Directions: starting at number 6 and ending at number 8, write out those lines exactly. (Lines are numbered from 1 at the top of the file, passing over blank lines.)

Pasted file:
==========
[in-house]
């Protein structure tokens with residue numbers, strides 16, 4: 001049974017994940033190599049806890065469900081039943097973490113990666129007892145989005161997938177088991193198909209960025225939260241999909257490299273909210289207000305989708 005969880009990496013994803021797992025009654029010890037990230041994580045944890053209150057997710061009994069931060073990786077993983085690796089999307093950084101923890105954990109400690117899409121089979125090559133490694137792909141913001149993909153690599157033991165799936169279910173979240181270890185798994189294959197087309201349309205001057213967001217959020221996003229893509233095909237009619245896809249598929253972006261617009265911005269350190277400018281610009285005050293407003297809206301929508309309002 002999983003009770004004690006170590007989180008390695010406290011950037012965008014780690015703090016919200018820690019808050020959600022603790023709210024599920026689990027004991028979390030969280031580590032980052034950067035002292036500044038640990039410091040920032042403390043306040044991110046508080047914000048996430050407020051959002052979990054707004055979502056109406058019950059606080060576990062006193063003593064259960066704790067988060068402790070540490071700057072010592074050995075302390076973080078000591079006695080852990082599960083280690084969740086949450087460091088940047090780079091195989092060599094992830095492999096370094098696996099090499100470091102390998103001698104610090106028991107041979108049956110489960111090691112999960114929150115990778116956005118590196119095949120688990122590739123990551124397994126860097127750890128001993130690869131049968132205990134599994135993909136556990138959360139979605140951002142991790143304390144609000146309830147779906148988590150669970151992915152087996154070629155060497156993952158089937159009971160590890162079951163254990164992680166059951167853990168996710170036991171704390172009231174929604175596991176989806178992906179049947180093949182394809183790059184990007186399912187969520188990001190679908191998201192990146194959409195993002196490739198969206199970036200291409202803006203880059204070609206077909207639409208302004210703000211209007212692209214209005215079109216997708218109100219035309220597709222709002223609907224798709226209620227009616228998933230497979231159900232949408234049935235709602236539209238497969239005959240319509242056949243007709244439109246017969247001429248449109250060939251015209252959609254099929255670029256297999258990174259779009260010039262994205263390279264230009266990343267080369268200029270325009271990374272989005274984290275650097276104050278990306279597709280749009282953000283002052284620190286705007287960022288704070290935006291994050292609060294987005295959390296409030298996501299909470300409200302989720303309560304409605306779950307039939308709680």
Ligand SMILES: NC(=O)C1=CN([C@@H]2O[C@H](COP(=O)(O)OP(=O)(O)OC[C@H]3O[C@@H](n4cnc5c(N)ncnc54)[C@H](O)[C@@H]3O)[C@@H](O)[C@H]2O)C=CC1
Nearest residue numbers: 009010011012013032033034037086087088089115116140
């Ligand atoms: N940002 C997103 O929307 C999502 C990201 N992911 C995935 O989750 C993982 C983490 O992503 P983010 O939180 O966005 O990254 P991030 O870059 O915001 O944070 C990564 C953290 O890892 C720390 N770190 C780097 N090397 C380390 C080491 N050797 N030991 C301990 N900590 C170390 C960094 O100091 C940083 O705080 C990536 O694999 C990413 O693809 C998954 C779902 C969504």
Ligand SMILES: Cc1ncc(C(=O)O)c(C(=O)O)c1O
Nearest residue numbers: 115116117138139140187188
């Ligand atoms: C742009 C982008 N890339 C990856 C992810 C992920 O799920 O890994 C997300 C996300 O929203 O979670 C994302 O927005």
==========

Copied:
Ligand SMILES: Cc1ncc(C(=O)O)c(C(=O)O)c1O
Nearest residue numbers: 115116117138139140187188
């Ligand atoms: C742009 C982008 N890339 C990856 C992810 C992920 O799920 O890994 C997300 C996300 O929203 O979670 C994302 O927005």